Alphabet Inc.'s Google LLC intentionally destroyed employee "chat" evidence in antitrust litigation in California and must pay sanctions and face a possible penalty at trial, a U.S. judge ruled on Tuesday.
U.S. District Judge James Donato in San Francisco said in his order that Google "fell strikingly short" in its duties to preserve records. The ruling is part of a multidistrict litigation that includes a consumer class action with as many as 21 million residents; 38 states and the District of Columbia; and companies including Epic Games Inc. and Match Group LLC.
The consumers and other plaintiffs are challenging Google's alleged monopoly for distributing Android mobile applications, allegations that Google has denied. Plaintiffs have claimed aggregate damages of $4.7 billion.
The judge asked the plaintiffs' lawyers by April 21 to provide an amount in legal fees they are seeking as a sanction.
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Separately, the plaintiffs will have a chance to urge Donato to tell jurors that Google destroyed information that was unfavourable to it. He said he wants to see "the state of play" at a later stage in the case.
"Google has tried to downplay the problem and displayed a dismissive attitude ill tuned to the gravity of its conduct," the judge said.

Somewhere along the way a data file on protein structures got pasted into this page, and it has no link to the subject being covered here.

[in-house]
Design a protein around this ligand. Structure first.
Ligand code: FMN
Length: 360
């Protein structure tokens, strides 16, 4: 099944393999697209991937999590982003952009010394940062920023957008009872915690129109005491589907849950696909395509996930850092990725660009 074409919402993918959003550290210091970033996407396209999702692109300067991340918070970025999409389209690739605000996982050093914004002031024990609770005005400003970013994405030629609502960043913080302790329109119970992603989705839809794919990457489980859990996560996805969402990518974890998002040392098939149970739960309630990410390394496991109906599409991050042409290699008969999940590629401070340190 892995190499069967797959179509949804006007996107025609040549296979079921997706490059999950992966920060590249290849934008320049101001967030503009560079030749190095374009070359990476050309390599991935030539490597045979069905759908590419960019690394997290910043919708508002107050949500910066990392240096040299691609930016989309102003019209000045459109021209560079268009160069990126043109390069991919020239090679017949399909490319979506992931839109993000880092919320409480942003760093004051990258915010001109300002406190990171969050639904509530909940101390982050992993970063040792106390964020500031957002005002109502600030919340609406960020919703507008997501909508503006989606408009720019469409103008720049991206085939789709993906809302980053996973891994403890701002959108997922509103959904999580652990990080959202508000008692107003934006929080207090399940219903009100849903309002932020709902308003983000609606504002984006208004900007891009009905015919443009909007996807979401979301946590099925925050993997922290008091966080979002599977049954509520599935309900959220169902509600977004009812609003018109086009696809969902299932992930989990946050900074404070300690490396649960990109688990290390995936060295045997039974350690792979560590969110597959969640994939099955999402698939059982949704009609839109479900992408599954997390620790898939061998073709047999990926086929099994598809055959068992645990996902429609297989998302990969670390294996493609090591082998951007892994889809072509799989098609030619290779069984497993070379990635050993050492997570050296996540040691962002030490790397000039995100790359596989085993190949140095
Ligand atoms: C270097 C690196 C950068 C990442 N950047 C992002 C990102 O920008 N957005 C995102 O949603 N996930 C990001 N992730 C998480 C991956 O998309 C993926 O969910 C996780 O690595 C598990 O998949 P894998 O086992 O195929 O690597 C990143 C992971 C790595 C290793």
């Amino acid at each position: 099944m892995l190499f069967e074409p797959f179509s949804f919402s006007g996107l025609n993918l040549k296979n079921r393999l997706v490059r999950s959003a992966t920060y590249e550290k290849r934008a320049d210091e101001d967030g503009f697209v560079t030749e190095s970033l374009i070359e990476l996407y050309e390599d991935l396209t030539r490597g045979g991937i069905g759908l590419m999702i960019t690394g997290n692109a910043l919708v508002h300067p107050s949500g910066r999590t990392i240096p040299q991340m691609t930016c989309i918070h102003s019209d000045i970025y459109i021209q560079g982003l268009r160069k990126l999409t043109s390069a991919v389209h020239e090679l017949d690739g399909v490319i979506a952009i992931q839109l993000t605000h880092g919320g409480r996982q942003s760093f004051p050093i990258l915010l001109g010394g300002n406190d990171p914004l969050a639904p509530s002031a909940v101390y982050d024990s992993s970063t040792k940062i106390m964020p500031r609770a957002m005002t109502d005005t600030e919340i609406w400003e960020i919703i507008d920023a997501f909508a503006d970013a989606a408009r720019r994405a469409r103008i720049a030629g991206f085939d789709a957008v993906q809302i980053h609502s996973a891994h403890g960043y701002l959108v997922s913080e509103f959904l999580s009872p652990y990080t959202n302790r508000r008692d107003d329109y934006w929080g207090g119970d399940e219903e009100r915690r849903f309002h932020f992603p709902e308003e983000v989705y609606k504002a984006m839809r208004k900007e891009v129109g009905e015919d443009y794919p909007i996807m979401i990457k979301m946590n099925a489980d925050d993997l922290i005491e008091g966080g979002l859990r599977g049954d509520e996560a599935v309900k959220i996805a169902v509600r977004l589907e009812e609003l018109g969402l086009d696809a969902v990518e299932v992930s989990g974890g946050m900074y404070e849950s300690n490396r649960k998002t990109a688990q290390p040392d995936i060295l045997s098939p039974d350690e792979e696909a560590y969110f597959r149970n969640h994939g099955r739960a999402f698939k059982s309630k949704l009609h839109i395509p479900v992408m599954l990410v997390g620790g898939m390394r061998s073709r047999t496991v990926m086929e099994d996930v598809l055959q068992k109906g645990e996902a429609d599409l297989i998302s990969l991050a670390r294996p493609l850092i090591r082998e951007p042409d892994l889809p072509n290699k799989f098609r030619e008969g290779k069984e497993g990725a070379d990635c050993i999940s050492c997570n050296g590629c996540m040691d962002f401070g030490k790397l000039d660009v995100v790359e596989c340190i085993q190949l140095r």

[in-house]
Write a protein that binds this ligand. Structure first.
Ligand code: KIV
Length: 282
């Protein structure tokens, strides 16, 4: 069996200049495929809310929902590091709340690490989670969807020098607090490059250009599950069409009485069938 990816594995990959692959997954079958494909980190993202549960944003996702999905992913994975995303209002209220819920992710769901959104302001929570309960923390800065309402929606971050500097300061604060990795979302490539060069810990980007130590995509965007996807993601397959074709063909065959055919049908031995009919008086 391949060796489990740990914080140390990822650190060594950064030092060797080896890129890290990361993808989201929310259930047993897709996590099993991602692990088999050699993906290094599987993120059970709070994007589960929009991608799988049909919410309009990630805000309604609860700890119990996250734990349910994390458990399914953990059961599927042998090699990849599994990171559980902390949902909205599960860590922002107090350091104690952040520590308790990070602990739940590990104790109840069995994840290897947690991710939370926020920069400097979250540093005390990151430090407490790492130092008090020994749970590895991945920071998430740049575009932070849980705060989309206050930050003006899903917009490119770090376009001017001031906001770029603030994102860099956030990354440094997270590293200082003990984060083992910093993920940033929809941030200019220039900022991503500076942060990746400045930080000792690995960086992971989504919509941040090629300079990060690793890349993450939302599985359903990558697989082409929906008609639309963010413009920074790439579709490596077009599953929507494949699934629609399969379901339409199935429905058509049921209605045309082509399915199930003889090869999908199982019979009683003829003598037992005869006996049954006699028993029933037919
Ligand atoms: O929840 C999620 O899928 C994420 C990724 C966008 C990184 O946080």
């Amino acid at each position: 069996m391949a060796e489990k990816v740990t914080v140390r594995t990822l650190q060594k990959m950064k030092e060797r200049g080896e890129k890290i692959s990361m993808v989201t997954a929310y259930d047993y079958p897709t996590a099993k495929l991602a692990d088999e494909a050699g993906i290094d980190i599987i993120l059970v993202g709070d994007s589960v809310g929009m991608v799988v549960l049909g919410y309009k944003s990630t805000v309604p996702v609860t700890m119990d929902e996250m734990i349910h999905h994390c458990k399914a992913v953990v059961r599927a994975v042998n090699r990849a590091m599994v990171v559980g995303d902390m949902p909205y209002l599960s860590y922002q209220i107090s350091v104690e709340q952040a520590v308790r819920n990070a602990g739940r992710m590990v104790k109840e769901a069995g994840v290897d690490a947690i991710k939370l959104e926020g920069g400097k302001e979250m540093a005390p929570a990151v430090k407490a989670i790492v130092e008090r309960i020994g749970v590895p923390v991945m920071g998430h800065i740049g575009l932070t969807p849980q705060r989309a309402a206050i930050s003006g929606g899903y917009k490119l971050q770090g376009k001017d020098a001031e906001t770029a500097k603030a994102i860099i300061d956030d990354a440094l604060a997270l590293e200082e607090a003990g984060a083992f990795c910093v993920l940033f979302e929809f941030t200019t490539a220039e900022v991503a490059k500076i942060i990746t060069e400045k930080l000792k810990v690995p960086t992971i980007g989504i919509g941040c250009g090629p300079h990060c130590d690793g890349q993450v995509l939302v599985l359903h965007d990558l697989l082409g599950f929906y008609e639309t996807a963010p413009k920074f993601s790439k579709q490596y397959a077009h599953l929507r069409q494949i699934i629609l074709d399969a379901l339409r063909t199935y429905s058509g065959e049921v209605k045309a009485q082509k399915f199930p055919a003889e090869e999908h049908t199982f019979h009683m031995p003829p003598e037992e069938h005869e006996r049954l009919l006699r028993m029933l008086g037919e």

A Google spokesperson on Tuesday said the company has "produced over three million documents, including thousands of chats."
In a court filing last year, Google's lawyers said the company took "robust steps to preserve relevant chats."
Lawyers representing plaintiffs had no immediate comment.
The attorneys said they were seeking instant messaging communication "on topics at the core" of the litigation, according to their filings. The lawyers said Google was deleting chat records every 24 hours and "did so even after this litigation commenced."
The judge determined Google "left employees largely on their own to determine what Chat communications might be relevant" to the litigation.
The trial is scheduled to begin in November.
Google is separately fighting claims in a U.S. Justice Department antitrust case in Washington, D.C., federal court of destroyed chat records.